America’s top nutritionists are considering a new diet.

In recent years, researchers have proven that low-carb diets full of healthy fat and protein help people lose weight — plus prevent and even reverse disease. So for the first time ever, the experts who produce the federal “Dietary Guidelines for Americans” — which influence everything from school lunches to military rations — are reviewing the option of including a low-carb diet pattern.

Unfortunately, their supposedly “low-carb” diet will likely derive a whopping 45 percent of its calories from carbohydrates. That’s simply not low-carb. The federal government’s gaslighting isn’t merely dishonest; it could endanger the health of millions of Americans.

For decades, the government has urged people to consume most of their calories from breads, pastas, rice and other carbohydrate-laden foods. Consider the infamous “food pyramid” released by the federal government back in 1992. That diagram recommended 6 to 11 daily servings of grains. While that has since been reduced, the guidelines still recommend getting more than half one’s calories from carbs.

Simultaneously, the government has instructed people to eat only lean meats and avoid high-fat foods like whole milk, full-fat cheese and butter.

People dutifully followed such advice. Since the government issued the first dietary guidelines in 1980, consumption of red meat, animal fats and whole milk has fallen. But the incidence of childhood obesity and diabetes has tripled. Adult obesity rates have doubled.

The government no longer relies on a detailed pyramid to convey dietary advice. But it still advocates high-carb diets — despite a lack of evidence showing that they are good for health.

In fact, plenty of studies reveal low-carb diets yield far better health results. Consider a 2018 analysis published in The BMJ of more than 160 overweight adults. Participants were assigned to consume 60, 40, or 20 percent of their calories from carbs. Researchers found that, among those who completed the treatment, people in the low-carb group burned about 280 more calories per day than the high-carb group, and around 150 more calories than the moderate-carb group.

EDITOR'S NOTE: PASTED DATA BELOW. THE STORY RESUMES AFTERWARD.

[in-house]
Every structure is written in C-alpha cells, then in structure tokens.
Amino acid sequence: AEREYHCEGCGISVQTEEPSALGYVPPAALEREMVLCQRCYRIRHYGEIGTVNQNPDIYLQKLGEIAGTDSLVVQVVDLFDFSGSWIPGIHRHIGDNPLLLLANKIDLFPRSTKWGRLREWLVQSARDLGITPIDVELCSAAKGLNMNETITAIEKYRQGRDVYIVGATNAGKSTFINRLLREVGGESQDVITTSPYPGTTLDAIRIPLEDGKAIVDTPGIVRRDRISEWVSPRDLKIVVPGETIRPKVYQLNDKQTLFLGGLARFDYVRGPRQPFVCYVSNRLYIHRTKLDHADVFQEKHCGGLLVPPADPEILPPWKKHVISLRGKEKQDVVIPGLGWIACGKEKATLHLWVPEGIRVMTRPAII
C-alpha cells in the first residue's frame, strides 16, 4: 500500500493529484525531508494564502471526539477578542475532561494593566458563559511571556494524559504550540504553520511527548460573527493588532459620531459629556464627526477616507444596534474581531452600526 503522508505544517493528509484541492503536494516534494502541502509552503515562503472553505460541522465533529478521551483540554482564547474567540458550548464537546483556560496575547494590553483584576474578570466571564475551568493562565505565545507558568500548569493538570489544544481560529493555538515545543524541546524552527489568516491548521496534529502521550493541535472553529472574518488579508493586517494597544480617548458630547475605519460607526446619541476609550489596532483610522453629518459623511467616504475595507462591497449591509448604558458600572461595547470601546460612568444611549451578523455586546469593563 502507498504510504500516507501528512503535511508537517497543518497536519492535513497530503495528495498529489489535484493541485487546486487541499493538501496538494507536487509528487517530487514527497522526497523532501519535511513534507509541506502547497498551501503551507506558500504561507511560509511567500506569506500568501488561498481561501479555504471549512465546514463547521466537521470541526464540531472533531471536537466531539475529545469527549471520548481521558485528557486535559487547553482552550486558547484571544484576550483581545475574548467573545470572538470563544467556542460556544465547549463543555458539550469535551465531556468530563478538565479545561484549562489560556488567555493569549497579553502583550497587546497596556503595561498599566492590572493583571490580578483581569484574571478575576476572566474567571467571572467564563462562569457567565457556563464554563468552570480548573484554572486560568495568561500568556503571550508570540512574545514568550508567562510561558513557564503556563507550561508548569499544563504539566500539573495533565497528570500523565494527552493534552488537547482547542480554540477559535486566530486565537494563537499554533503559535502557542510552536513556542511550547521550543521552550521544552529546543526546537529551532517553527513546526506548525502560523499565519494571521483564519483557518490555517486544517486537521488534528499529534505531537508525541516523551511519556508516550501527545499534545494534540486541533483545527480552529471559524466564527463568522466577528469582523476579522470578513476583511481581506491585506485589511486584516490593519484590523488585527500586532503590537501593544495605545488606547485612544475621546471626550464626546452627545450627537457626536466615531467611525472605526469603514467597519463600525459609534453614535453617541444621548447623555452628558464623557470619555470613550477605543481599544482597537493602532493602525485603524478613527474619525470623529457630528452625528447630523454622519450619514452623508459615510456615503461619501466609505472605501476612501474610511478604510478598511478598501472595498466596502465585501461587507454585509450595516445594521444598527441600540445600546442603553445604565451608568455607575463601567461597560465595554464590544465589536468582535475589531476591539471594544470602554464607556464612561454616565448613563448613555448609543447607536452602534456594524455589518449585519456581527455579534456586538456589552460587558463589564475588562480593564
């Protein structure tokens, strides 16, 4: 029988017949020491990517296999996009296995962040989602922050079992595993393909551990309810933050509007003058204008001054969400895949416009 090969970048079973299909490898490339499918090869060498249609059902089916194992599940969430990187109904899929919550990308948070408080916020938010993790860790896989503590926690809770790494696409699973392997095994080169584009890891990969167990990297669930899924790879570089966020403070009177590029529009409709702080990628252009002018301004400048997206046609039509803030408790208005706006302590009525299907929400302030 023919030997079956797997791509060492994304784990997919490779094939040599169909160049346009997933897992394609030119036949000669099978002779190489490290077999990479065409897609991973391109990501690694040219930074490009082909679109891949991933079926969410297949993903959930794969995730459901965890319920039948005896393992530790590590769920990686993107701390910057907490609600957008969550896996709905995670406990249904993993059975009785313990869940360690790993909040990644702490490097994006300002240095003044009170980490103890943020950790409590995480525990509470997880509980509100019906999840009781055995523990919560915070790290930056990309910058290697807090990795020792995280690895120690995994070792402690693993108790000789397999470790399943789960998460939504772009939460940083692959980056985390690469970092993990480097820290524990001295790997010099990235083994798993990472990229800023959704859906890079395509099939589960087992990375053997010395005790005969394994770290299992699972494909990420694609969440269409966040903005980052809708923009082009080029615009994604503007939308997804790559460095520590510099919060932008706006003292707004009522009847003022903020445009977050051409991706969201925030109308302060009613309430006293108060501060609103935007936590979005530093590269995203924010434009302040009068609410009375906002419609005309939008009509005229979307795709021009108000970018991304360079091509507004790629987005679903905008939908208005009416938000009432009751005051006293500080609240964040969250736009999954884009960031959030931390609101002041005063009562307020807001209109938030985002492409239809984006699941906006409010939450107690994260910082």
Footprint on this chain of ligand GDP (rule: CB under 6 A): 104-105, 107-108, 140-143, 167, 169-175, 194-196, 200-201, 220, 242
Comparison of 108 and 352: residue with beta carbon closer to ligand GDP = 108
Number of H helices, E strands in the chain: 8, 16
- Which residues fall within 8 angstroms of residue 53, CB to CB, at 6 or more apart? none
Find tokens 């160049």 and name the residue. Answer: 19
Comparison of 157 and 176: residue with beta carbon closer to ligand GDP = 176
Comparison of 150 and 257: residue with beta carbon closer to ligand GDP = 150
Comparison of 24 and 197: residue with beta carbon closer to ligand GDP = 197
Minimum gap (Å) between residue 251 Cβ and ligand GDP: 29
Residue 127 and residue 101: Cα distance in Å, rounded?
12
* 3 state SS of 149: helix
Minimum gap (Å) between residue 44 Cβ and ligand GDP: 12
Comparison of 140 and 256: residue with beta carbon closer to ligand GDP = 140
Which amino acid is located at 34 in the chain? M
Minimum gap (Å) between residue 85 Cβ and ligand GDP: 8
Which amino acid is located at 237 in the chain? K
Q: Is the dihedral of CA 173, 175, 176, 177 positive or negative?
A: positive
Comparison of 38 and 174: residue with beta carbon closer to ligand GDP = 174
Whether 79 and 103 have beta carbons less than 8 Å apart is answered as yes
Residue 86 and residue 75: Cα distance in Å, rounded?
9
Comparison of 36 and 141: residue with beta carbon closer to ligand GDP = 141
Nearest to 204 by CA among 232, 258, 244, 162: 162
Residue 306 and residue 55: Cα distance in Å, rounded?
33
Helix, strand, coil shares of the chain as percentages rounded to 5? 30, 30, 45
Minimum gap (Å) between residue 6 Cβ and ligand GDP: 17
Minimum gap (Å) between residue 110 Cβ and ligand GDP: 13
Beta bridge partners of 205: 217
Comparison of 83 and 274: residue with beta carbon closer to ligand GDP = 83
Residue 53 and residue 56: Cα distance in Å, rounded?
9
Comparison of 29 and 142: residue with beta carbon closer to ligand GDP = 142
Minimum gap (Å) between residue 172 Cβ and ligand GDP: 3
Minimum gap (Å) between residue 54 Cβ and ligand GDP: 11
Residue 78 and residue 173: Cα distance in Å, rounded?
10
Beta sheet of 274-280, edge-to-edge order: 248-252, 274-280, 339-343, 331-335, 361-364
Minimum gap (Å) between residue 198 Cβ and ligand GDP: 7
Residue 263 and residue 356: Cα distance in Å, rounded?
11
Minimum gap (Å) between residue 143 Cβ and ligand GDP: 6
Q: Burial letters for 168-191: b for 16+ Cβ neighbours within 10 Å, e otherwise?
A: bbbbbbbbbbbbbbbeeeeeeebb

Or take a review of 13 studies comparing very low-carb diets and low-fat diets. Folks who followed a low-carb diet lost more weight in the long term than those in the low-fat group.

Low-carb diets can even reverse certain chronic diseases. A staggering 94 percent of subjects with type 2 diabetes were able to reduce or eliminate their use of insulin after drastically limiting their carbohydrate intake, according to a 2018 study published in Diabetes Therapy.

These findings are consistent with my own research and clinical work. I’m a physician in West Virginia, a state with the nation’s highest rates of obesity and diabetes. In 2017, I published a survey study of more than 1,500 people who followed a low-carb diet for greater than 3 months, and most for more than a year. Most participants lost weight and reduced their blood glucose levels. Many reduced their use of medications.

Due to the mountain of evidence supporting low-carb diets, since 2012 I have  followed one to manage my own type 1.5 diabetes — which has characteristics of both type 1 and type 2 diabetes. And I have helped countless patients do the same. If many of my patients and I consume more than 50 grams of carbs a day our sugar goes out of safe range, no matter how much we exercise — and I am an avid runner.

Sadly, the federal guidelines have consistently ignored such evidence. A recent report from the National Academies of Sciences, Engineering and Medicine concluded that while the dietary guidelines are viewed as “valid, evidence-based, and free of bias and conflicts of interest,” that “has not routinely been the case.”

Back in 2010, the Department of Agriculture, which oversees the guidelines, sought to improve the review process by creating the Nutrition Evidence Library. Yet, as an article in the British Medical Journal notes, the committee largely ignored this resource when drafting the 2015 guidelines.

If the committee moves forward with its potential “low-carb” definition in the upcoming 2020 guidelines, it will be a grave misstep. Labeling a diet that derives nearly half its calories from carbohydrates as “low-carb” is not only unscientific, it’s dangerous. Folks who follow this recommendation won’t see any of the benefits of a true low-carb lifestyle. Their health will continue to deteriorate — and they’ll dismiss “low-carb” diets as ineffective.

The government must do more than simply repackage the same misguided dogma that has endangered public health for decades. Americans deserve better.

Mark Cucuzzella, MD, FAAFP, is a professor at West Virginia University School of Medicine’s Center for Diabetes and Metabolic Health.

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